[Photo by PJ Sykes]
Whether you’ve been a Moldy Peaches fan since the band’s early-aughts halcyon days, or if you were converted after hearing “Anyone Else But You” in Juno, you know that co-Peach/solo artist Kimya Dawson just wants to be your friend. And she’s a good friend to have; the deeply confessional singer-songwriter exorcizes her demons in such an approachable way that listening to her music is like sitting next to her in a quiet room.
But after weathering the unexpected fame-storm brought on by Juno (Watch this uncomfortable Moldy Peaches interview with Whoopi Goldberg as an example.), Kimya Dawson is “downsizing right now,” and returning to the freaks-and-geeks table of the cafeteria, where she can make music her way knowing everyone around her understands. “After Juno, I started playing bigger shows and finding people having different expectations of what I should be doing and how I should be doing it,” she tells Paste. “That’s not why I started making music—I started making music because I was freaking out, and it helped. So when the process of making and playing music was going to freak me out, it was self-defeating.”
With that mindset, Dawson began to separate herself from the Hollywood hype thrust upon her music: “I’d rather just play in some kid’s house or an art space where everybody’s there and appreciative,” she says. “Not [where there are] bartenders who are mad about not getting tips because all the kids at my shows are 14.”
Such was the emotional landscape for the recreation of The Bundles, the moniker put upon a pack of musical ideas Dawson created with fellow folkie Jeffrey Lewis almost a decade ago. “I took the Greyhound down to visit him,” Dawson recalls. “That was the week he introduced me to Daniel Johnston. We were laying in the dark listening to Daniel and crying. We totally geeked out, went to the record store and bought all his tapes. Then we switched from that to all of Yoko Ono’s records, which are all like [screams wildly]. So we tried to make a song together.”
That attempt led to “Common Chorus,” the first track on The Bundles self-titled debut, out March 9 on K Records. In 2009, Dawson and Lewis “realized we’d never recorded the songs as a band,” called up friends Jack Lewis, Anders Griffin and Karl Blau, and laid down what is arguably the weirdest album of Dawson’s career—and probably the first record with a song about squirrel beards.
The Bundles give Dawson’s rapidly sung-spoken, deeply-personal lyrics a breather; the album has more of a full-band sound, and the songs are infectiously lovely. Dawson and Lewis mix perfectly, like an alternate-universe Sonny and Cher. Lines like, “I’m not going anywhere, I’m perfectly content right here, settled into my own skin, breathing in this atmosphere… and I just wanna sing with my friends,” the latter part actually sung with the Dawson-led Olympia Free Choir, anchor more eccentric lyrics like, “Let’s make out, with our metal mouth. Our braces will embrace, locking us together just like cars in a junkyard.” And unlike Dawson’s previous, mostly-acoustic work, The Bundles actually kind of rock.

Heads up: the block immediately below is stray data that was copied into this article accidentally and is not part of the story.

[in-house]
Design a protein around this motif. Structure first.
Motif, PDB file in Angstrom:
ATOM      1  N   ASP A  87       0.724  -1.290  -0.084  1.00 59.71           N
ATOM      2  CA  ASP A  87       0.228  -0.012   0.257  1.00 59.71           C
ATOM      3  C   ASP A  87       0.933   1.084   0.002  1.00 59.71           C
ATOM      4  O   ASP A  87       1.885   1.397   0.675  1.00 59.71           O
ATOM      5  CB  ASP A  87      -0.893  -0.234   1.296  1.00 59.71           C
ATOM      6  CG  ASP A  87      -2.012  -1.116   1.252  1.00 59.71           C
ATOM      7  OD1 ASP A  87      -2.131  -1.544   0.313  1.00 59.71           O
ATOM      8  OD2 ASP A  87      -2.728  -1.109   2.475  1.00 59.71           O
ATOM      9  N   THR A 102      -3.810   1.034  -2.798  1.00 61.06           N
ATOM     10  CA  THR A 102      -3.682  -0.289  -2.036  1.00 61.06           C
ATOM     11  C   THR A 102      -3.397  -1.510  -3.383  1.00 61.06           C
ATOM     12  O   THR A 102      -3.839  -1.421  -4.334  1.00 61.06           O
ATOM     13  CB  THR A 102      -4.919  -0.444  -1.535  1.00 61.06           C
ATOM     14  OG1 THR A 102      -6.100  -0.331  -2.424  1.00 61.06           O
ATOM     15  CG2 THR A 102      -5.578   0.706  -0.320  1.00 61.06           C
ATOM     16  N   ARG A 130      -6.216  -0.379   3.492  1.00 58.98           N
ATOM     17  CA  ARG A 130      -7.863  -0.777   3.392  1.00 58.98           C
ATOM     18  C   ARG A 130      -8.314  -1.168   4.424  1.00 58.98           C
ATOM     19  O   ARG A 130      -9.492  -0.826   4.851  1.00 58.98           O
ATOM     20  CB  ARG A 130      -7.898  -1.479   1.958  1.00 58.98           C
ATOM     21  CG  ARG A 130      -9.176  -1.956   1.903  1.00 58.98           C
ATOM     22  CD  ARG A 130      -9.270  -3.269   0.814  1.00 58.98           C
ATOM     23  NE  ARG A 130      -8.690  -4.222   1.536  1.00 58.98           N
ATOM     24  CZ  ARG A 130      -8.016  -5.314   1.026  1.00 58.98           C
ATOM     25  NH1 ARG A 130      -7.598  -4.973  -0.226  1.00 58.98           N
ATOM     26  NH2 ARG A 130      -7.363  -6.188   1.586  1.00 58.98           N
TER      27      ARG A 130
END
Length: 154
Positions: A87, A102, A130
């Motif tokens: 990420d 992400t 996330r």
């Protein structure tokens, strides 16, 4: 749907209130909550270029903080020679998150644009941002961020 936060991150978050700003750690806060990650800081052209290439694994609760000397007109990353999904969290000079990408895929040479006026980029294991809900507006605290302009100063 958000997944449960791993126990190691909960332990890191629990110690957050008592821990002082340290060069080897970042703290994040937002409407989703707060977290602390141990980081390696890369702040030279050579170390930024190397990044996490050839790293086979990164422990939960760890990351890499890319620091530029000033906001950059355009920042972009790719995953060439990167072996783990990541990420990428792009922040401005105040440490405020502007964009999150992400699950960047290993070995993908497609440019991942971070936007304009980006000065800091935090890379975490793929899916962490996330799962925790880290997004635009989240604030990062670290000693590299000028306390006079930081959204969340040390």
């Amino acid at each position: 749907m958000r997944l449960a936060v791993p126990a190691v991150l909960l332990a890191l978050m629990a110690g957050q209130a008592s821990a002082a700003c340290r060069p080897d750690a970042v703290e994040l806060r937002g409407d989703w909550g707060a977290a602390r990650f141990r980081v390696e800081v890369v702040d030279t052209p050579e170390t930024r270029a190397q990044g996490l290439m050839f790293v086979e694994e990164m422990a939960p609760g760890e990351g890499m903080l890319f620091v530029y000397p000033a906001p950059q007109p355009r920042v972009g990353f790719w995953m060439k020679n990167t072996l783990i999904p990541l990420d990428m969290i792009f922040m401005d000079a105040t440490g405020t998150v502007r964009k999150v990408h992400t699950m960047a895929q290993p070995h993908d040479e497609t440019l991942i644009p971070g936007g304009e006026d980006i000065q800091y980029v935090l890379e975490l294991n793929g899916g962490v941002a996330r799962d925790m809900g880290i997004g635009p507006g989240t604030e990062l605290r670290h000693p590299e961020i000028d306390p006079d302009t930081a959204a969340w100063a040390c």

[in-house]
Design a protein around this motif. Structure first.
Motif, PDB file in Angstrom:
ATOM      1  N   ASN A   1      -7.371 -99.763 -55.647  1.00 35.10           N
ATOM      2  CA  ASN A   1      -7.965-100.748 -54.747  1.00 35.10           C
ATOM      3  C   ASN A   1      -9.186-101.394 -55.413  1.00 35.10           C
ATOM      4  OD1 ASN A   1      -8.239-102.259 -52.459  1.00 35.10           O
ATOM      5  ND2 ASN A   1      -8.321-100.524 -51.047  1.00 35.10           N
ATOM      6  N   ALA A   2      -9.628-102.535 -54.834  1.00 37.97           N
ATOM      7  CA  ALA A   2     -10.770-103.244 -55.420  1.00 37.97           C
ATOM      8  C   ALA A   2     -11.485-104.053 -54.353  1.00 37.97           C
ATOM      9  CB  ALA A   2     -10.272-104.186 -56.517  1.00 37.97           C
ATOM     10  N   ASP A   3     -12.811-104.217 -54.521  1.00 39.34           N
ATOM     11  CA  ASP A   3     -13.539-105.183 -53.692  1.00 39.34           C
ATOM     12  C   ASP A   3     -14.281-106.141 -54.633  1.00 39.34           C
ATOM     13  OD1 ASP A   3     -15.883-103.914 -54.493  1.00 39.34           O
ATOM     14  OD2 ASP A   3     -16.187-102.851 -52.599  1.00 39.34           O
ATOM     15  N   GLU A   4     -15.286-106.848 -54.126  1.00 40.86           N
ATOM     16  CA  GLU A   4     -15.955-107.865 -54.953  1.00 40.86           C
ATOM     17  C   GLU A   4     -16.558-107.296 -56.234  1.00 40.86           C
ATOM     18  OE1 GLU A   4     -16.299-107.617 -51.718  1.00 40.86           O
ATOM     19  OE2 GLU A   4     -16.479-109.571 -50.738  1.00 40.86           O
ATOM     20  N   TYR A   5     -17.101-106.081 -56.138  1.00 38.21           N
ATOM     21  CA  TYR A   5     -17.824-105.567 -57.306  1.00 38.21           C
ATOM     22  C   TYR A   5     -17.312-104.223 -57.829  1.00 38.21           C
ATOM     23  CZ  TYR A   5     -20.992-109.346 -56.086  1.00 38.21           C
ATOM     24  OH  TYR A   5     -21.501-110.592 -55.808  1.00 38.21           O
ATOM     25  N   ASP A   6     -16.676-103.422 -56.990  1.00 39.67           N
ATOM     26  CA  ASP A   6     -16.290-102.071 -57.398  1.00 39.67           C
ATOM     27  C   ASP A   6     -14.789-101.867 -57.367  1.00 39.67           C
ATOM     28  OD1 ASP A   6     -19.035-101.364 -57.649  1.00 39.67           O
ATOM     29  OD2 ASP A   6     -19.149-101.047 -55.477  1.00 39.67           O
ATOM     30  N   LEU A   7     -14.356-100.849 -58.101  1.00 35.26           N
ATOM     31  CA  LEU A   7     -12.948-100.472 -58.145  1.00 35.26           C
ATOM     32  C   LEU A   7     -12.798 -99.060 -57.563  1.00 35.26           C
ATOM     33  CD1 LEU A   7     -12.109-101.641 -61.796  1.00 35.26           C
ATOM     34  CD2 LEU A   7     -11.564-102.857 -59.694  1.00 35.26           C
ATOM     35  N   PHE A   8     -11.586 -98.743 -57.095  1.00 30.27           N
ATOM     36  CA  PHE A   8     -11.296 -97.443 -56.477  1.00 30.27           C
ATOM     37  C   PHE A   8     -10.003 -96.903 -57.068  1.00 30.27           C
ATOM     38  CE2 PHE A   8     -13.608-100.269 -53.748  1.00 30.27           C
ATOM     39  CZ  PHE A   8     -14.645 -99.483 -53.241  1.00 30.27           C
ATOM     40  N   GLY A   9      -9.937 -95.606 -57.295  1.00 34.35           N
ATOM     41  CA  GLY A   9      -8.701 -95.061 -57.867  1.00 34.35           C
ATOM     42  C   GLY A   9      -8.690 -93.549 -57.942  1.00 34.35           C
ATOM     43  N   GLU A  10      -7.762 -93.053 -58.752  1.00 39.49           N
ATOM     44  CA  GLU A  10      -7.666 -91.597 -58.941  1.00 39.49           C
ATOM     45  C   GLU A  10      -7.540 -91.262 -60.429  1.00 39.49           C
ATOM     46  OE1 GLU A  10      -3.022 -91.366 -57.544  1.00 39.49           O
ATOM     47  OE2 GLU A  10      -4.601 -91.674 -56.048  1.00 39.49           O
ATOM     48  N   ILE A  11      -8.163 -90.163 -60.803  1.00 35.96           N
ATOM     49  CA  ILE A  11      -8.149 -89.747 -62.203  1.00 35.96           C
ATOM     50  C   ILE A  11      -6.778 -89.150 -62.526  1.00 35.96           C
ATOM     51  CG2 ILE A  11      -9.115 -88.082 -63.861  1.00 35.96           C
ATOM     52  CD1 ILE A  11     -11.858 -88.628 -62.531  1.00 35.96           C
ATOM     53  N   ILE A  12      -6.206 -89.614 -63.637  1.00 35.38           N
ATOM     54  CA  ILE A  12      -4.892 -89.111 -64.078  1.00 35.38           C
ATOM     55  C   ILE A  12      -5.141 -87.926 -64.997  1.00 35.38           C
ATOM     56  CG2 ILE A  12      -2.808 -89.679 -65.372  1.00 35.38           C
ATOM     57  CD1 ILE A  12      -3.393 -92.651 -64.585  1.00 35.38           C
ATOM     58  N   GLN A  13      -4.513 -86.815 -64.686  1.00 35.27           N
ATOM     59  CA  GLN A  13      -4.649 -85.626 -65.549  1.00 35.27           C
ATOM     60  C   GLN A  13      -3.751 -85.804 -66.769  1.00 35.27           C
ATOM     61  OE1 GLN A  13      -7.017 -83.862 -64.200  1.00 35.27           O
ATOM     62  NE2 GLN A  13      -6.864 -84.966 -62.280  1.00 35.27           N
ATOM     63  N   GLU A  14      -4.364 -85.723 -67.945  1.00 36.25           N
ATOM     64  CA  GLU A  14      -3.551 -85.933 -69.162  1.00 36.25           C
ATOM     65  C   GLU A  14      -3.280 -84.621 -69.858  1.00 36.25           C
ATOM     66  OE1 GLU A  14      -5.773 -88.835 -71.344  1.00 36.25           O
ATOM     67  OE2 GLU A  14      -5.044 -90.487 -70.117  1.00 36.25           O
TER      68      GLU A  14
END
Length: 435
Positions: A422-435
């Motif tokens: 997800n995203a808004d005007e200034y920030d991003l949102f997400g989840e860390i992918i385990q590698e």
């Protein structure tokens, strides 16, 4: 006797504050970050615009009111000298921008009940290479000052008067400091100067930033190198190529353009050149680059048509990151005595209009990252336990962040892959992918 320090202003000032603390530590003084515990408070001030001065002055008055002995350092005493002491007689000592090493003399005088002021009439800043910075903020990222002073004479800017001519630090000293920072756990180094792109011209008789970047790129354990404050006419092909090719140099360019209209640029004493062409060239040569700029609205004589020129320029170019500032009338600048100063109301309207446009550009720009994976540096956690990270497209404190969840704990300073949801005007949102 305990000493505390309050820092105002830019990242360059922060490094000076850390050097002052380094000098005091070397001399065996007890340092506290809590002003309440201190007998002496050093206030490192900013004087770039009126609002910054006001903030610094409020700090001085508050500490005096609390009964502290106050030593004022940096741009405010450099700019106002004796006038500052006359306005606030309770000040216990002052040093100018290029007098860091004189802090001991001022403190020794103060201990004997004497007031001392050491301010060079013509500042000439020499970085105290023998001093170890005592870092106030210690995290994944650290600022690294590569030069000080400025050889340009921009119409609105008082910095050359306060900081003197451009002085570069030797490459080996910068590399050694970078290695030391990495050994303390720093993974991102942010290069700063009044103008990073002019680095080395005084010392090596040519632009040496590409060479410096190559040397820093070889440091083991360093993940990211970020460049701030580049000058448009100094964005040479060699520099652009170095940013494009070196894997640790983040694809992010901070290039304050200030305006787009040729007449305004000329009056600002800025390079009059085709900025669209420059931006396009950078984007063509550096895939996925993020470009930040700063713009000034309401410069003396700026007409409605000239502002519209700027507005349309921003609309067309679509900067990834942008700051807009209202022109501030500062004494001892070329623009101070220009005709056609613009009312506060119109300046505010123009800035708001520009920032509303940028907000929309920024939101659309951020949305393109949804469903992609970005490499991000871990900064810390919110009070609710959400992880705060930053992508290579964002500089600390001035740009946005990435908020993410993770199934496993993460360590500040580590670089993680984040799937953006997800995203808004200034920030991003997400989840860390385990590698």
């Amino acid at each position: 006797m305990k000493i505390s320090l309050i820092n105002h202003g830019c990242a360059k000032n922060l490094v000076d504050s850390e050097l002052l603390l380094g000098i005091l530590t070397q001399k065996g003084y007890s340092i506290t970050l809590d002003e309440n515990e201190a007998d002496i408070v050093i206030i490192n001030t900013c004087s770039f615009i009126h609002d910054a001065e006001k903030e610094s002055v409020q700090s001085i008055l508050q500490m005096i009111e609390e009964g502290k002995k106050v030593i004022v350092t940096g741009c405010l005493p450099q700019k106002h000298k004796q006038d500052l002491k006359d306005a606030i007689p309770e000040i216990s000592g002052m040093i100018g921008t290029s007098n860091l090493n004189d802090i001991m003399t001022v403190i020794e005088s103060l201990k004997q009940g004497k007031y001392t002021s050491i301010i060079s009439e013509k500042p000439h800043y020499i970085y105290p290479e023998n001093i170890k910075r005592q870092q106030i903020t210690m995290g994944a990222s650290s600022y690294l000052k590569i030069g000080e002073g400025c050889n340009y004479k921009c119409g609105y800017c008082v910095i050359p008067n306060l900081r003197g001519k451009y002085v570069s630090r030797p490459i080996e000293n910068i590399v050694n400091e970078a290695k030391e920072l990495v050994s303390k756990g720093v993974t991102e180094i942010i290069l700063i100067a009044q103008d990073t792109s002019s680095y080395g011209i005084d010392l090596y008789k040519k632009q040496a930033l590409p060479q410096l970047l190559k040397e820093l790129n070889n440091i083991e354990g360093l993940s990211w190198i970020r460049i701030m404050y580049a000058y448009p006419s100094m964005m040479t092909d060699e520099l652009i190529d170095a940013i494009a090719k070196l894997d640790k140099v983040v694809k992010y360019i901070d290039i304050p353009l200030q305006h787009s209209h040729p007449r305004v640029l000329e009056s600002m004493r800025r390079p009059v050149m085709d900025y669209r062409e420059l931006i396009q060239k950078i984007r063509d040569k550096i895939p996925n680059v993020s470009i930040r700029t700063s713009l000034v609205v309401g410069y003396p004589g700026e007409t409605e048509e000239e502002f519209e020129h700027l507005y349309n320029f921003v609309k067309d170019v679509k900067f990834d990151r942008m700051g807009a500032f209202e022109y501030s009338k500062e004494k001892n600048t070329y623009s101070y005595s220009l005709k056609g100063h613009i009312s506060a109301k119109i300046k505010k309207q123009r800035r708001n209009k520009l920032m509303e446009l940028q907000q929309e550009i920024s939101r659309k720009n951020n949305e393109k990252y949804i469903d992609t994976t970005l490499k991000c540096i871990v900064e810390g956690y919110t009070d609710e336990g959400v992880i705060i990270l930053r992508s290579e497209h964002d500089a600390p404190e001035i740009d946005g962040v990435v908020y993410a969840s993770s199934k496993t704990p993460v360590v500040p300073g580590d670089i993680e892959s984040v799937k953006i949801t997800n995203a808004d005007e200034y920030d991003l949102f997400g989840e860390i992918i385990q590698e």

“[Jeffrey and I] are from the same cloth,” Dawson says. “It was so easy. We just sat down, and there were more songs, and it felt so good.”
But that’s not the only possible collaboration in Dawson’s future. If she has her way, she’ll be working with a certain TV-star-turned-star-rapper soon. “There was something that Drake posted on his blog, like, ‘If I ever need an underwriter, I want it to be this girl,’ and he posted a link to one of my videos,” Dawson says. “I commented back, ‘All right, let’s do it! Let’s do a song.’ But I never heard back. He probably has 75 million comments on his blog. But as a huge Degrassi fan…”
Amidst all of the above, Dawson’s solo work continues moving forward. With a new batch of songs, she’s planning to begin recording next month. While her last album, Alphabutt (a children’s record), was distinctly Dawson, her next release will dive deeper into her tumultuous past than ever before. “The day after Christmas, I’ll have been sober for 11 years,” Dawson says. “I’ve made six albums in that time period, so you can really track me learning how to not totally hate myself, learing how to deal with stuff without medication. And now, I feel like I’m singing louder. There’s some intense shit that’s been in me for a long time, and I need to yelp it out. [The next record is] very recovery-focused. It’s heavier, darker.”
For a singer who once wrote a song addressing her dying mother’s inner demons with, “Leave her alone! Leave her alone!” that’s saying something. “I feel like some people will say, ‘Wow, so that’s how she follows up Juno?’ Well, wrong,” Dawson says. “Like, ‘She just blew the biggest opportunity of her life.’ But who cares?”
Read Paste’s full interview with Kimya Dawson here.